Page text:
Whether certain teachers at religious schools are covered by the “ministerial exception,” which gives religious institutions the constitutional authority to discriminate in the selection of faith leaders.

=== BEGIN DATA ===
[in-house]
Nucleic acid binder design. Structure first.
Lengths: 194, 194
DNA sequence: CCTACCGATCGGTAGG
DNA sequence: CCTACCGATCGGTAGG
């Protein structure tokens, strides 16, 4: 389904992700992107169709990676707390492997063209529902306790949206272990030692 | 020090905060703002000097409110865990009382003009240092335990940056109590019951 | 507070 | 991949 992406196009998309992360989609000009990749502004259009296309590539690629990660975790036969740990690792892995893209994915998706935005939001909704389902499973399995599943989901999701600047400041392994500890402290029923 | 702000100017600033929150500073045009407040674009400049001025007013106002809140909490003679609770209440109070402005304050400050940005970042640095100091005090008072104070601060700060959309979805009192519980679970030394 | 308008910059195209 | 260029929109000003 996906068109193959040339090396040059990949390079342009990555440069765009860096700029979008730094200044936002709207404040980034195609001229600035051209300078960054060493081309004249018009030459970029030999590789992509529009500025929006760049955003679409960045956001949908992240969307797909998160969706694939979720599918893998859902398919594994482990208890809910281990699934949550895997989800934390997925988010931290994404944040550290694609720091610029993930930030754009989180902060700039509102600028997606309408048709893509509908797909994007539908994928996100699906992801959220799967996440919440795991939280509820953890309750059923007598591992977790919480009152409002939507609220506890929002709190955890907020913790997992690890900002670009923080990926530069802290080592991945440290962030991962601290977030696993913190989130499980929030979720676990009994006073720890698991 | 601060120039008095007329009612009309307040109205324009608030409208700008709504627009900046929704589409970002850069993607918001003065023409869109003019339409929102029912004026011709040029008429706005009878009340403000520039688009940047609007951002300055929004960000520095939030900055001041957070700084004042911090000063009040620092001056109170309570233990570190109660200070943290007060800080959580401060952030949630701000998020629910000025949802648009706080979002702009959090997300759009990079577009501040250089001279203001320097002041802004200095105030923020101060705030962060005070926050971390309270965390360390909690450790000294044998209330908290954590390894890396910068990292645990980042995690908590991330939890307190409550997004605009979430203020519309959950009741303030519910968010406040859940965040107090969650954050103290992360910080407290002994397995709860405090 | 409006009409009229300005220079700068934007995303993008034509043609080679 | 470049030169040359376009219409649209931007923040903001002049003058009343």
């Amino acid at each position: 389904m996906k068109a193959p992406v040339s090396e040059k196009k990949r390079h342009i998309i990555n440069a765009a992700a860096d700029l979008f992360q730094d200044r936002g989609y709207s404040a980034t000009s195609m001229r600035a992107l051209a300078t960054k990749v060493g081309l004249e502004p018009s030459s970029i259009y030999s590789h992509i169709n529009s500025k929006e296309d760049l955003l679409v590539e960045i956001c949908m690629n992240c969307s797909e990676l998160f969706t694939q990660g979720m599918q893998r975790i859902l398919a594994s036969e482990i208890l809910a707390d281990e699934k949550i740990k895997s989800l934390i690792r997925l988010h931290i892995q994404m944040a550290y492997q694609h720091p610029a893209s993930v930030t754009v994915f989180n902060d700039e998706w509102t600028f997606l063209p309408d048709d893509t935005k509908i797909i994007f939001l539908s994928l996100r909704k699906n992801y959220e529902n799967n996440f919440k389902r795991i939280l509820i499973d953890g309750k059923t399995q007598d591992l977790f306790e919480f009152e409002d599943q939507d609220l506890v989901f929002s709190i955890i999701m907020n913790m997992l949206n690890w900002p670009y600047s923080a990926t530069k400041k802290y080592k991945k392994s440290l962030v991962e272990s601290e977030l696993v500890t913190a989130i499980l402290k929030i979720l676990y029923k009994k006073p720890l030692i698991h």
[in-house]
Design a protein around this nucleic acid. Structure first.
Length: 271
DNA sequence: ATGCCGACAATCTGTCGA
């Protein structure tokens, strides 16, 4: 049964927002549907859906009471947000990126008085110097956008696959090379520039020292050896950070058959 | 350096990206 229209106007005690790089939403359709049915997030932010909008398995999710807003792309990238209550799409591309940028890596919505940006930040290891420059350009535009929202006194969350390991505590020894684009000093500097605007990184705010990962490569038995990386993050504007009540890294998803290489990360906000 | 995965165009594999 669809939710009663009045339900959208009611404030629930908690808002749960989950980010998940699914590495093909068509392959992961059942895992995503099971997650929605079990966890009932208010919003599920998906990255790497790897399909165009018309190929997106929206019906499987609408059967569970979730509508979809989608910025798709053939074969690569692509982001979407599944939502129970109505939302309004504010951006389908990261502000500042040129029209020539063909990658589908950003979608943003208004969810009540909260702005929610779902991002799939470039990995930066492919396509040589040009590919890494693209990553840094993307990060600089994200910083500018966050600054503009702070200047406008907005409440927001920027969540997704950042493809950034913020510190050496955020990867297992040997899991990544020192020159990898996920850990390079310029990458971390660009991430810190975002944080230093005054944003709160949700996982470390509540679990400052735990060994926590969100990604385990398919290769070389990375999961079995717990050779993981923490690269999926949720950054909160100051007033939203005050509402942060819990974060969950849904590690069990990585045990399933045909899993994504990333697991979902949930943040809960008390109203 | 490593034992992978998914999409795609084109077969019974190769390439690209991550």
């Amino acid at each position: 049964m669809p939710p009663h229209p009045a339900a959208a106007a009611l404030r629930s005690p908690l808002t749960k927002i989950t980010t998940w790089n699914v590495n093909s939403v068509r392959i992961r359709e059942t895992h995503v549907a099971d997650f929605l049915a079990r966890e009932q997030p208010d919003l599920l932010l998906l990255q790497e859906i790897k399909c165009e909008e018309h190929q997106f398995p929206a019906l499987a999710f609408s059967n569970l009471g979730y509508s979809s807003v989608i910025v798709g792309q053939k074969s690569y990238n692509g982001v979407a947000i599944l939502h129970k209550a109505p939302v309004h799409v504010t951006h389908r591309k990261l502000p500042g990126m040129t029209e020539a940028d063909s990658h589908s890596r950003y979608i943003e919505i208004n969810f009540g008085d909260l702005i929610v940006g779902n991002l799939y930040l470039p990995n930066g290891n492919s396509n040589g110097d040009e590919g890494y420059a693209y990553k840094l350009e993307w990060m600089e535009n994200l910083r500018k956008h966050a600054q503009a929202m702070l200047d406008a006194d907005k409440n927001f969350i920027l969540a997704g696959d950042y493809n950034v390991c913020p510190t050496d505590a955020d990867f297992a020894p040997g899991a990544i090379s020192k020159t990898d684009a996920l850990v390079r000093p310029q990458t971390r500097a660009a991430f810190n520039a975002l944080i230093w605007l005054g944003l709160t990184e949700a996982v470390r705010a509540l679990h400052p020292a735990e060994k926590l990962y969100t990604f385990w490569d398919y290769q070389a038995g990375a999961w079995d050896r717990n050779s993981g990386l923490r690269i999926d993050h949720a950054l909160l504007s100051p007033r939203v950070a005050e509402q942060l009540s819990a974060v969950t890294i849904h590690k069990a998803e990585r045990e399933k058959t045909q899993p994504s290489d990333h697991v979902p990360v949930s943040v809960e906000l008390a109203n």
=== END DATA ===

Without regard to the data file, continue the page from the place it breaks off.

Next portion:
The ministerial exception serves important purposes in safeguarding religious institutions’ autonomy with respect to governance and leadership. But it comes at significant cost, conferring the extraordinary power to discriminate against ministerial employees on any basis whatsoever. Given this sweeping immunity from nondiscrimination laws, the exception should apply only if the totality of the circumstances—taking into account all facts that may bear on the ministerial nature of a particular employee’s job—demonstrates that the employee is a minister of the faith. Applying that test, one of the teachers in these consolidate cases should qualify as a minister, but the other teacher should not.